In the same way that Sk8 The Infinity is an incredibly gay show that features nothing gay, Lycoris Recoil is a really gay anime. The girls go on dates. They dress up together. They inspect each other’s underwear. They work together, they fight together, they take care of each other, they move in together after one date and become roommates and they learn each other’s little tells. They go to the aquarium and reference other queer anime. They run away to Hawaii together to run a food truck. And yeah, you may point out that none of that is canonically gay, and you’re right!

There’s also the way Chisato has two male mentors who the story really implies are banging. If Captain Kirk was getting laid in Star Trek, then Chisato’s dads were fucking in this.

There’s this image, that chances are, you’ve seen before, which is an optical illusion, sorta. If you look at the image one way, you see two people facing each other, about to kiss, or talking to one another, or inspecting itself in the mirror – just a bunch of different interpretations. If you look at it in another way, you can see a silhouette of a candlestick or vase or something like that. This is an enduring image in a variety of kid’s books, and it’s often framed with this misformed question ‘what does this depict?’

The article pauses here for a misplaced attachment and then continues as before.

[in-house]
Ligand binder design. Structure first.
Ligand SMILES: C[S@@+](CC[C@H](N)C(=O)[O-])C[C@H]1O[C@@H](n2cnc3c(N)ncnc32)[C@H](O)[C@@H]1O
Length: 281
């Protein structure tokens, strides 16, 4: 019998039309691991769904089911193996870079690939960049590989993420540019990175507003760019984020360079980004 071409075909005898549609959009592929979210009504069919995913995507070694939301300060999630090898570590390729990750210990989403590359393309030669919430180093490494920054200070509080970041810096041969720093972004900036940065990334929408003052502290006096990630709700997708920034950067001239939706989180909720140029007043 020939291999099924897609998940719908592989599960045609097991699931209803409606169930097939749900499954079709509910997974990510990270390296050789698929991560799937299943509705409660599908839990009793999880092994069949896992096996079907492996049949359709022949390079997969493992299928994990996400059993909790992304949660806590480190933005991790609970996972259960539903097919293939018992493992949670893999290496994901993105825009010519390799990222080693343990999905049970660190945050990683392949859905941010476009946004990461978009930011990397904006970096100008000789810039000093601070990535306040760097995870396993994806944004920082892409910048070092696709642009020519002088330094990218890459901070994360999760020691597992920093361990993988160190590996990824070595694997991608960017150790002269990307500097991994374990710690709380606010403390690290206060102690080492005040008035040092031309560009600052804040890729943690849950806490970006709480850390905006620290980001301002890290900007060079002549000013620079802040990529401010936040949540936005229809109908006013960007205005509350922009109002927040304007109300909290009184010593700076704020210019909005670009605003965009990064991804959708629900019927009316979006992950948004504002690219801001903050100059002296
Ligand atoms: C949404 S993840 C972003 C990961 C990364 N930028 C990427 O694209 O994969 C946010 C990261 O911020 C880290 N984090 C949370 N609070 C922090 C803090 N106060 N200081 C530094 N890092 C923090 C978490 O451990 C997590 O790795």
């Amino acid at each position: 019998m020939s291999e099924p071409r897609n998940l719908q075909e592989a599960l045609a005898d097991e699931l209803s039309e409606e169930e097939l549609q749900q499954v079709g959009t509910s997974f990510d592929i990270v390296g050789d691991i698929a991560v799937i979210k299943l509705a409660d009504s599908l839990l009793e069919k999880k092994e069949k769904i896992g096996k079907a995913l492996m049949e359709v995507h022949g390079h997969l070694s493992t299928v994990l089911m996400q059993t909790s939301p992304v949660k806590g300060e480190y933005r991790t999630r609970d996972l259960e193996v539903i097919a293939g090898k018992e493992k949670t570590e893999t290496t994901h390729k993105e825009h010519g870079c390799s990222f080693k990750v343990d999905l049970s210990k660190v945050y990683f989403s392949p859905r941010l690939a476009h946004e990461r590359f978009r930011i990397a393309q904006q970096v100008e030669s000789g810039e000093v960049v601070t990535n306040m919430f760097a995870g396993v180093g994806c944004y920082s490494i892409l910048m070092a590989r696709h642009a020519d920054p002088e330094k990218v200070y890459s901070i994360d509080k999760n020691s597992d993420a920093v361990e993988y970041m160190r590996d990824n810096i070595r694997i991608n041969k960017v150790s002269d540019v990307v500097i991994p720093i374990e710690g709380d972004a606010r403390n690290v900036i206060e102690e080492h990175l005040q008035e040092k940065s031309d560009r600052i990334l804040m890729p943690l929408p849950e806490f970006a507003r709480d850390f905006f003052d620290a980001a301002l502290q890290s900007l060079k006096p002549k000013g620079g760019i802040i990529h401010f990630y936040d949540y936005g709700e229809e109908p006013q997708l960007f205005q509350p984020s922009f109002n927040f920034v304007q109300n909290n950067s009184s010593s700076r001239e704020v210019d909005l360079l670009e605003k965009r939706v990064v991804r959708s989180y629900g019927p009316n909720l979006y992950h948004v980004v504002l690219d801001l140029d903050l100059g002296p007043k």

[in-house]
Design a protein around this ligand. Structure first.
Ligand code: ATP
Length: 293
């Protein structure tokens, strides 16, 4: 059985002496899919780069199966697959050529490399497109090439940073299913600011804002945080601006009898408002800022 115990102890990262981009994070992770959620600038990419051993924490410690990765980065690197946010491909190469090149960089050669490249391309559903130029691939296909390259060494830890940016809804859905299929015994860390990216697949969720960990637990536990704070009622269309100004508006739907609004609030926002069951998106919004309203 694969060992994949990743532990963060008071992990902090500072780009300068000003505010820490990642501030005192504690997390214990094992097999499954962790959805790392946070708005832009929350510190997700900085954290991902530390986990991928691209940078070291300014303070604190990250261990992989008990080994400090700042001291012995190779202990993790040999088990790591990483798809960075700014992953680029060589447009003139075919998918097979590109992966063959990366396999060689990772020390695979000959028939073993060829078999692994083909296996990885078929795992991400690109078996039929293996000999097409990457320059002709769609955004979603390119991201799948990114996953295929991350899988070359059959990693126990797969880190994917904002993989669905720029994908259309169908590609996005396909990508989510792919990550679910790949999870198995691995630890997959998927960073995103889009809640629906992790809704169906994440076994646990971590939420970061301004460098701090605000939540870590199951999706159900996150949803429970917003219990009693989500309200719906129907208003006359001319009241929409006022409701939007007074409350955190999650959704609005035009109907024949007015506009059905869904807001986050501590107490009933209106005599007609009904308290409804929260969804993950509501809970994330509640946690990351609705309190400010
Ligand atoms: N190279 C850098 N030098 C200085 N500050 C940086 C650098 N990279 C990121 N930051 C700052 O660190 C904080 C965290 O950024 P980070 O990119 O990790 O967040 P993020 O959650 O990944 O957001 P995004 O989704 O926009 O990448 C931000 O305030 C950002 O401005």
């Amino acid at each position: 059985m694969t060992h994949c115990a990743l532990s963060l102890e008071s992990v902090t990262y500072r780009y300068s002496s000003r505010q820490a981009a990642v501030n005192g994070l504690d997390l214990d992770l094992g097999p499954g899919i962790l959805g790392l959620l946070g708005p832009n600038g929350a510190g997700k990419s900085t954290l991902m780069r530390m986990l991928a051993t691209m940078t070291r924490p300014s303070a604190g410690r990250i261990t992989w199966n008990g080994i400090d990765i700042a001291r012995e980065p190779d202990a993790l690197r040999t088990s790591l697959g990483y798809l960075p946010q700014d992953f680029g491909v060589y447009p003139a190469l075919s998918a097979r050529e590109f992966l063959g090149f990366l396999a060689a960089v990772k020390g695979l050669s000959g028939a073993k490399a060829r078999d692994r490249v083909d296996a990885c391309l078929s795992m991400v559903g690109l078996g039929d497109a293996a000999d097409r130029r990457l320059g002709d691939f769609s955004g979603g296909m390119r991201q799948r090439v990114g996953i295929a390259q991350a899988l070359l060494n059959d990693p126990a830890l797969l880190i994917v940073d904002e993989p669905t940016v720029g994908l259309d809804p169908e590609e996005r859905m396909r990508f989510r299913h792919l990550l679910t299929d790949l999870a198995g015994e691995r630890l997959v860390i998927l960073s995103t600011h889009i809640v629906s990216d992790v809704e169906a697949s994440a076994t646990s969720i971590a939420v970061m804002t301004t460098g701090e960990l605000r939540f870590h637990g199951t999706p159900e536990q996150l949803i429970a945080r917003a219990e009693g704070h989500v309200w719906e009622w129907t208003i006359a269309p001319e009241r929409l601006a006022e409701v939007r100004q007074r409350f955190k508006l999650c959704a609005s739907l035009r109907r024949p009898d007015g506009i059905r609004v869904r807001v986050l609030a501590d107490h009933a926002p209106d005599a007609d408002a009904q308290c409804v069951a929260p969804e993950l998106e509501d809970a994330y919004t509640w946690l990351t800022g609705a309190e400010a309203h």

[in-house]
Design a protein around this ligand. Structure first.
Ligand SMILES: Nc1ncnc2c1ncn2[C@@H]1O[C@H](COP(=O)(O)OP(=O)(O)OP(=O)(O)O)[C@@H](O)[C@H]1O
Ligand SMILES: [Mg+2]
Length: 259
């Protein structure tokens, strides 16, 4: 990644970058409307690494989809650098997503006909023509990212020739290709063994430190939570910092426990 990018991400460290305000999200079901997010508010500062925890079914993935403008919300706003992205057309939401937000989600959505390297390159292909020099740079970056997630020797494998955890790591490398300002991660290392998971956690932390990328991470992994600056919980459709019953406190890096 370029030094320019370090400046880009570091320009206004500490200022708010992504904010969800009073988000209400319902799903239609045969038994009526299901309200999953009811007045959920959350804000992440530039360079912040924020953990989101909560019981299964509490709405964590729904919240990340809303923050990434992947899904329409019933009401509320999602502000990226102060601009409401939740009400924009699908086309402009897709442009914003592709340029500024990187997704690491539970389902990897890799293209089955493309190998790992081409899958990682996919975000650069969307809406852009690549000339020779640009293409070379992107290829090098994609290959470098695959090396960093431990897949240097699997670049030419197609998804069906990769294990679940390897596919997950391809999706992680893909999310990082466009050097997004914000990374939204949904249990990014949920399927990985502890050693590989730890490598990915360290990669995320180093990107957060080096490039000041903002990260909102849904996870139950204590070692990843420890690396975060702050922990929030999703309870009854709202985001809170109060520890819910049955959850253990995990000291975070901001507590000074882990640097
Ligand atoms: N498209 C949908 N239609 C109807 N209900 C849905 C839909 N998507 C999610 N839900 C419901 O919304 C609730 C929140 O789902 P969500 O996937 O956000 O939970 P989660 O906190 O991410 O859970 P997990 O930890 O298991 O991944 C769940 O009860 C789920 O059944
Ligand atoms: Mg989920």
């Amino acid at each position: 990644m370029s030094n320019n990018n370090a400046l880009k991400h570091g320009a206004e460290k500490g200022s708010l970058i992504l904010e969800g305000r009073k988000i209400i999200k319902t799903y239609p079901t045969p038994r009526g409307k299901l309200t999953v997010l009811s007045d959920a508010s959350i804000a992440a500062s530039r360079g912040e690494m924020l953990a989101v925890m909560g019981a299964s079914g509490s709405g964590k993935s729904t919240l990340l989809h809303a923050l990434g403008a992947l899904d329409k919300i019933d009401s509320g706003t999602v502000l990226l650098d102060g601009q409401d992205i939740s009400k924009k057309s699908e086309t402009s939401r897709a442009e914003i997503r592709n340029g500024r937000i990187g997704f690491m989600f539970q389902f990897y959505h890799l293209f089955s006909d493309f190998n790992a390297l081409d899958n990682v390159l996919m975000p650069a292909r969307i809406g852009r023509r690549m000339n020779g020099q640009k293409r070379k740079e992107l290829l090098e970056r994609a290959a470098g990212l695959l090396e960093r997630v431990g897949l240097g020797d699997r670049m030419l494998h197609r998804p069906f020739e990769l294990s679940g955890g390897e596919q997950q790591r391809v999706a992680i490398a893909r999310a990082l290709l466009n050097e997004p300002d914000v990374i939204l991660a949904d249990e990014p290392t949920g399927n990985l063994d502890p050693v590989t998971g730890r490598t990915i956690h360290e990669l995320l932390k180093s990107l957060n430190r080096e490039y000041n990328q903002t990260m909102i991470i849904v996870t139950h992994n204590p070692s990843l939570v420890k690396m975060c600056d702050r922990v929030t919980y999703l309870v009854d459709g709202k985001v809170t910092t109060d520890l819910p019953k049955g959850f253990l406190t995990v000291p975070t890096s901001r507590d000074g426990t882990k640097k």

Because it depicts both, as far as you can perceive it. The nature of semiotics means that the message being decoded is part of the message – I might parse it as something else entirely, like seeing maybe a river inlet from above, or a date stamp, all just because those are shapes I more powerfully associate like this.

This image presents you with multiple things that are not related to one another, despite sharing a frame and boundaries. What matters is how you’re looking at it, what details are standing out and meant to represent a surface while you engage with it. As long as you have it in mind and consider its importance, you’re left with different impressions and, like this illusion, if you blink, you might find yourself in a totally different frame where the same objects stand out to you starkly in how they present the same visual information.